FROM CNN's Jack Cafferty:
As we await the final recommendations from President Obama's deficit commission, one Democratic-led policy group is out with its own bold proposal:
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Bloomberg News reports that the think tank Third Way wants to trim or eliminate Social Security benefits for what they consider high-income retirees.
The plan is to boost monthly benefits for poorer retirees - while reducing them on a scale starting with individuals who have $150,000 in outside income or couples with $250,000.
Social Security benefits would be eliminated all together for individuals making $200,000 or couples with $400,000 in income. The group says people who don't need Social Security shouldn't get it.
This is despite the fact that these people have paid into Social Security throughout their working lives.
Third Way also wants to raise the retirement age, limit cost-of-living increases and help young workers create private retirement accounts.
Third Way says its proposal will come out after the deficit panel's report and is meant as a kind of cover for Congressional Democrats to support unpopular deficit-cutting measures.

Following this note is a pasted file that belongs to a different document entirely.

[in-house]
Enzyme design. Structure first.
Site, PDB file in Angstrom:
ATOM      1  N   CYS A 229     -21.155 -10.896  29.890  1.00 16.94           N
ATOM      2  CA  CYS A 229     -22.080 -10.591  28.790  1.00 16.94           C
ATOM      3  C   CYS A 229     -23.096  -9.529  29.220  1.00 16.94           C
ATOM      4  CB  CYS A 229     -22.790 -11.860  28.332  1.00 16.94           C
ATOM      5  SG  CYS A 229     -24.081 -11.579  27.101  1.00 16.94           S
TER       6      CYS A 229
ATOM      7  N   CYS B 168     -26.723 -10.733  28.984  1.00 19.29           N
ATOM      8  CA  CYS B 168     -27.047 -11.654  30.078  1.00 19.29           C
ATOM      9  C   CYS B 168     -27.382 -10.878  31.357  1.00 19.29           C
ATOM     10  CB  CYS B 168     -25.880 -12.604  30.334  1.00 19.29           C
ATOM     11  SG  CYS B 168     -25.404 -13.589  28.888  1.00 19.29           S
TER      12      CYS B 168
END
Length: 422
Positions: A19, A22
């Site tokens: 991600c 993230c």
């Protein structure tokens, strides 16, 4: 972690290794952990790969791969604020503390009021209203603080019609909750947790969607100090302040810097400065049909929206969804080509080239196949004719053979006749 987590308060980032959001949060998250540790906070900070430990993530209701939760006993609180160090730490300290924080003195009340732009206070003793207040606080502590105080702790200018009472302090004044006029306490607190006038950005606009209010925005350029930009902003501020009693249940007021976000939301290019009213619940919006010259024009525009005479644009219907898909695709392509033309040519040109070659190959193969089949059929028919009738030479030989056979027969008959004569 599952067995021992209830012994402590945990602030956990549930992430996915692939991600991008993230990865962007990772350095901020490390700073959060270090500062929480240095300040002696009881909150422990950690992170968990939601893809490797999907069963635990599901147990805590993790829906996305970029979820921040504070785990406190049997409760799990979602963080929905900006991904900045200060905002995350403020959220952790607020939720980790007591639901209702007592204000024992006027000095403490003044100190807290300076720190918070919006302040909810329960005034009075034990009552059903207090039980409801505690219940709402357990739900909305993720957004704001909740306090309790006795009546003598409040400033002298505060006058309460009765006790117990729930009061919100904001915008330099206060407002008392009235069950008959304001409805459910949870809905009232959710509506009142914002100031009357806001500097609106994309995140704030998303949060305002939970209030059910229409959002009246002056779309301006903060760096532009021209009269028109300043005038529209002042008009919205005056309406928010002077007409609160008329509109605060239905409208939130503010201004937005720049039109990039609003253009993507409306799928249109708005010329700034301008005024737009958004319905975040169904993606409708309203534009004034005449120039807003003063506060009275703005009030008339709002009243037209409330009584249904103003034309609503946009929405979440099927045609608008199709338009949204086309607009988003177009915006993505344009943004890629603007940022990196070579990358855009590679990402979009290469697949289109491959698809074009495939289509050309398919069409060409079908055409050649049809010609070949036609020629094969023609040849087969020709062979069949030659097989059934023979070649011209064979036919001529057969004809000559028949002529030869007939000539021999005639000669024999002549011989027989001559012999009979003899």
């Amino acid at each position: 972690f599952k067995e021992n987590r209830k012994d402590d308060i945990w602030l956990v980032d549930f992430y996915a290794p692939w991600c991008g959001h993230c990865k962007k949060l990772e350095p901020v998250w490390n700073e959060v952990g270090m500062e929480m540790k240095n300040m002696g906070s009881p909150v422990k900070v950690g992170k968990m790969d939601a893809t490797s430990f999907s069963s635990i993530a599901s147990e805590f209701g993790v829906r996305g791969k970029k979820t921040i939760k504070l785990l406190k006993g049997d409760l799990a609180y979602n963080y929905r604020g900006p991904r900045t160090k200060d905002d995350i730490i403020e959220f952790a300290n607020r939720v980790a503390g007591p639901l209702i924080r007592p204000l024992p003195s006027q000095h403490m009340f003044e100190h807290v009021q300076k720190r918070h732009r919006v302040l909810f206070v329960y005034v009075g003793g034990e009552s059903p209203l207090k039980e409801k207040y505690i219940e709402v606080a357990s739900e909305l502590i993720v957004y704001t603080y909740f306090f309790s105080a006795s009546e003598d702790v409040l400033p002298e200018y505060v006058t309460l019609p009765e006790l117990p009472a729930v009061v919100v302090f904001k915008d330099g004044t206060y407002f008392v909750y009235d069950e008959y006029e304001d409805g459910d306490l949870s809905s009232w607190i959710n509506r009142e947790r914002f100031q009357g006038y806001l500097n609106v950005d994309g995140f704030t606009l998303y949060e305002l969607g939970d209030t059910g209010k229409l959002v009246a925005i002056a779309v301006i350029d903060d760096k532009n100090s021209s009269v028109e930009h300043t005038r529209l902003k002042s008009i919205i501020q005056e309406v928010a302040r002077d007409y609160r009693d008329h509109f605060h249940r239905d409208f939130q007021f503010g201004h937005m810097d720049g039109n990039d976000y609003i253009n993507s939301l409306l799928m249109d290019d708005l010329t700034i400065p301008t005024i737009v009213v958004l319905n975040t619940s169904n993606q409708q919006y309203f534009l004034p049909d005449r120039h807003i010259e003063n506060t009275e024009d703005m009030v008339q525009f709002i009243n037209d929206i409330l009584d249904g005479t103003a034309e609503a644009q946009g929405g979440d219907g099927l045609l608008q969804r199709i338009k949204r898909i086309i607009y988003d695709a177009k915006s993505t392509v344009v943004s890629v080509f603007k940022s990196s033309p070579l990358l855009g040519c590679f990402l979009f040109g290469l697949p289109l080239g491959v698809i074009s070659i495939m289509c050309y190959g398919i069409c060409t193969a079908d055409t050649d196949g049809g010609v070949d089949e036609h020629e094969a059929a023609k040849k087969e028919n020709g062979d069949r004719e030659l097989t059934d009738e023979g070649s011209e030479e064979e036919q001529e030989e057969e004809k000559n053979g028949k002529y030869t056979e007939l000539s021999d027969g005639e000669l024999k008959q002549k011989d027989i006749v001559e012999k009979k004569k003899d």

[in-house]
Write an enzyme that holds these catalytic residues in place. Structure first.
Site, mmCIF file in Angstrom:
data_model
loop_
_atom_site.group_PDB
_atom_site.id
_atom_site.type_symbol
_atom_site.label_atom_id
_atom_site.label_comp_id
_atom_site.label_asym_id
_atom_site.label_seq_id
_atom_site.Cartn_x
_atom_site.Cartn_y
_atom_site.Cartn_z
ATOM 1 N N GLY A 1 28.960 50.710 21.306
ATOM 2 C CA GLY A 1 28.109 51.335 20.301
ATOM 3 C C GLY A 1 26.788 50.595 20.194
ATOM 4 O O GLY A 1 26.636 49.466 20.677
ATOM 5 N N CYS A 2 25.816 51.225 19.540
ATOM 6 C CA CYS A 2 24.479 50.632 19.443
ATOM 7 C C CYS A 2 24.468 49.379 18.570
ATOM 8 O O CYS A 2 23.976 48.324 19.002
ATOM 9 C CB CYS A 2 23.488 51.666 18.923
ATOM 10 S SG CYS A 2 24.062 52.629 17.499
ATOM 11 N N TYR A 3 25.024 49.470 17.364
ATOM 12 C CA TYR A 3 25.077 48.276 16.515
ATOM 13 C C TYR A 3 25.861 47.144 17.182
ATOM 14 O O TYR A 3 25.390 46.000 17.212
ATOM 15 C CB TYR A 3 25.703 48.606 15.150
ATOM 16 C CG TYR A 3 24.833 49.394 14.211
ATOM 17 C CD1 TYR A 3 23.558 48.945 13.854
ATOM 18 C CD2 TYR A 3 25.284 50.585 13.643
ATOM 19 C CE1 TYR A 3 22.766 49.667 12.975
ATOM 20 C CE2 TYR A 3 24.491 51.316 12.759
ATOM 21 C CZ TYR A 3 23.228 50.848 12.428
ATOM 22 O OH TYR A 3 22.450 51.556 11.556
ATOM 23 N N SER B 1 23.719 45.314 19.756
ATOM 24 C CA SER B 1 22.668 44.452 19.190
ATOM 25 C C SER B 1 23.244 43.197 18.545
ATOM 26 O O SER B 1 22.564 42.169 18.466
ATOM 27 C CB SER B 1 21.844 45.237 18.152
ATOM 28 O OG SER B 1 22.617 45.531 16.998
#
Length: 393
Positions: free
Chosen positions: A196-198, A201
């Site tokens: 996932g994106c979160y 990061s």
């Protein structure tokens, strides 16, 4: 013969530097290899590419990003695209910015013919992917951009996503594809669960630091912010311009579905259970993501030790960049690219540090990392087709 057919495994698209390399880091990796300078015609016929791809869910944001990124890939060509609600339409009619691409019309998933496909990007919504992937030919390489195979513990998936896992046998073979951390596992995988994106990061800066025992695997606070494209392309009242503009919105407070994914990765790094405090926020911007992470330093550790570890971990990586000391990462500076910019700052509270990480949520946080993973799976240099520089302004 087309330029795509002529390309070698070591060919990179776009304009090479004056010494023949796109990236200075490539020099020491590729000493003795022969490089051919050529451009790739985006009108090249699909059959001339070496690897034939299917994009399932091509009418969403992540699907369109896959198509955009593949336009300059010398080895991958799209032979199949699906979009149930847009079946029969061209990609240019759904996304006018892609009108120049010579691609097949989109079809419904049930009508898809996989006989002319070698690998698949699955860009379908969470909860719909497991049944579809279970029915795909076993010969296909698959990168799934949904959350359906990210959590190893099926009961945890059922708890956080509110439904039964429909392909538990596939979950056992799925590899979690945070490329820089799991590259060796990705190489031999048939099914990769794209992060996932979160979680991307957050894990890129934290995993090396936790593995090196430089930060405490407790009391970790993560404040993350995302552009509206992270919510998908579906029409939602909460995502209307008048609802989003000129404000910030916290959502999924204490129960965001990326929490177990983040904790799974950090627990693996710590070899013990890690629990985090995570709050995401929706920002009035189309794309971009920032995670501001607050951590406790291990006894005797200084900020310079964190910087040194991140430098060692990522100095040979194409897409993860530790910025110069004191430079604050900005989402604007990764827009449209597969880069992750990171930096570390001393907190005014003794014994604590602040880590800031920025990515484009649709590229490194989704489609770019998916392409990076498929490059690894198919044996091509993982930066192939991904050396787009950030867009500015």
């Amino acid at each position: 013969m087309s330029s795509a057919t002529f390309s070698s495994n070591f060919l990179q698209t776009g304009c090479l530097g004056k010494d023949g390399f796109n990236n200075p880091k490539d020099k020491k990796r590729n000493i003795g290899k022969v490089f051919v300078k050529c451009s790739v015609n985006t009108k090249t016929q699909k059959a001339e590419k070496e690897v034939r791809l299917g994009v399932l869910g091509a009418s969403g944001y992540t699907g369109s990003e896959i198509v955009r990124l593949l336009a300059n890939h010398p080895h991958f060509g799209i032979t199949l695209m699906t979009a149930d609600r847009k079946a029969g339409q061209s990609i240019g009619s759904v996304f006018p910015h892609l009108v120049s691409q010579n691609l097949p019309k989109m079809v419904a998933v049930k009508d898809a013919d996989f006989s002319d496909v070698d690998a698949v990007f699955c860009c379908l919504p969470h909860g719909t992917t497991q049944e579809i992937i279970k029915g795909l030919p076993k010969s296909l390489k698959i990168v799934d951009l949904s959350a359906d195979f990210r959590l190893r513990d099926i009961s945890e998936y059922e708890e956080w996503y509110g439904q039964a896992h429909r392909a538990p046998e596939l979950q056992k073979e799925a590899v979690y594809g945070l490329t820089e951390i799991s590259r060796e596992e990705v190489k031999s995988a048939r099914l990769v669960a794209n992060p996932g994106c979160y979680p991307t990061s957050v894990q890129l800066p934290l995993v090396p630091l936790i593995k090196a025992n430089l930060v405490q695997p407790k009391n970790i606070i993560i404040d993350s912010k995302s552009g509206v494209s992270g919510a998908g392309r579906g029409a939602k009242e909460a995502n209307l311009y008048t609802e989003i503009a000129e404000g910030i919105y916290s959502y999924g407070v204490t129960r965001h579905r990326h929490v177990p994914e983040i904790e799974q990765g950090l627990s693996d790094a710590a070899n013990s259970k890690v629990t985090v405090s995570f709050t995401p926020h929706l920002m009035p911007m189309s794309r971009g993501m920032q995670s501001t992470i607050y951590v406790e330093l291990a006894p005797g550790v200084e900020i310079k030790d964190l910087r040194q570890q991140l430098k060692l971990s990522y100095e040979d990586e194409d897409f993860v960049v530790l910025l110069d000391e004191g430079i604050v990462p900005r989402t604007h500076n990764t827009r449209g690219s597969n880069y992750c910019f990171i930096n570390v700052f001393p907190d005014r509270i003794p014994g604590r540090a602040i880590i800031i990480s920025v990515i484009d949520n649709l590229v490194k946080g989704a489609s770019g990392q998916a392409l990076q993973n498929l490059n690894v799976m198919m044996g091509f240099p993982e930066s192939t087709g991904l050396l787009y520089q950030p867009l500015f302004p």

Republicans have argued for raising the retirement age as well as limiting benefits for wealthier retirees. But most Democrats don't want to touch Social Security at all - when it comes to cutting the $13 trillion plus debt.
However, some Democrats do support cutting benefits. As Senator Kent Conrad put it: "Those who say don't touch it aren't dealing with reality."
As for that deficit commission, like we said yesterday here in the Cafferty File, don't bet on it. The panel now says it will delay the vote that was set for tomorrow until Friday, although they still plan to release the report tomorrow.
Here’s my question to you: Should people earning more than $150,000 be denied Social Security benefits?
Tune in to the Situation Room at 6pm to see if Jack reads your answer on air.
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Filed under: Social Security
Jack Cafferty sounds off hourly on the Situation Room on the stories crossing his radar. Now, you can check in with Jack online to see what he's thinking and weigh in with your own comments online and on TV.